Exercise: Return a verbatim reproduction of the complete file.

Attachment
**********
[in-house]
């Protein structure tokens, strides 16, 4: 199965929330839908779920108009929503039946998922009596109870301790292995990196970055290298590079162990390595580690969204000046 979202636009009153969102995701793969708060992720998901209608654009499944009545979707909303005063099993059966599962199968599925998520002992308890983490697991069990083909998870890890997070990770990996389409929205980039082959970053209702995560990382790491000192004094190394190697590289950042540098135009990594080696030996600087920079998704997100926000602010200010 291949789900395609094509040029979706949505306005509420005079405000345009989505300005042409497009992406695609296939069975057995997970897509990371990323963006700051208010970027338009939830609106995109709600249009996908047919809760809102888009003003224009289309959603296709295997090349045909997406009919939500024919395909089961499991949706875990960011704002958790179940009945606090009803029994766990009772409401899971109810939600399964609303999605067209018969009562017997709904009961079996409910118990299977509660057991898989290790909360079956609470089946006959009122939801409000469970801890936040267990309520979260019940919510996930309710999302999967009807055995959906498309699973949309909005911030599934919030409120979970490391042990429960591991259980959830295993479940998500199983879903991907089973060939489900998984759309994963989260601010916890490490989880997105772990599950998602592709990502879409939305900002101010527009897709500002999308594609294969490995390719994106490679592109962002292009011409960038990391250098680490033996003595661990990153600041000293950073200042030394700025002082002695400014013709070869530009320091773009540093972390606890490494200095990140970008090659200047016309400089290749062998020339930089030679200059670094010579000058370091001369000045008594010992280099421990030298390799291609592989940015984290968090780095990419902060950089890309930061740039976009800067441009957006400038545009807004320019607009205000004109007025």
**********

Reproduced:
[in-house]
């Protein structure tokens, strides 16, 4: 199965929330839908779920108009929503039946998922009596109870301790292995990196970055290298590079162990390595580690969204000046 979202636009009153969102995701793969708060992720998901209608654009499944009545979707909303005063099993059966599962199968599925998520002992308890983490697991069990083909998870890890997070990770990996389409929205980039082959970053209702995560990382790491000192004094190394190697590289950042540098135009990594080696030996600087920079998704997100926000602010200010 291949789900395609094509040029979706949505306005509420005079405000345009989505300005042409497009992406695609296939069975057995997970897509990371990323963006700051208010970027338009939830609106995109709600249009996908047919809760809102888009003003224009289309959603296709295997090349045909997406009919939500024919395909089961499991949706875990960011704002958790179940009945606090009803029994766990009772409401899971109810939600399964609303999605067209018969009562017997709904009961079996409910118990299977509660057991898989290790909360079956609470089946006959009122939801409000469970801890936040267990309520979260019940919510996930309710999302999967009807055995959906498309699973949309909005911030599934919030409120979970490391042990429960591991259980959830295993479940998500199983879903991907089973060939489900998984759309994963989260601010916890490490989880997105772990599950998602592709990502879409939305900002101010527009897709500002999308594609294969490995390719994106490679592109962002292009011409960038990391250098680490033996003595661990990153600041000293950073200042030394700025002082002695400014013709070869530009320091773009540093972390606890490494200095990140970008090659200047016309400089290749062998020339930089030679200059670094010579000058370091001369000045008594010992280099421990030298390799291609592989940015984290968090780095990419902060950089890309930061740039976009800067441009957006400038545009807004320019607009205000004109007025």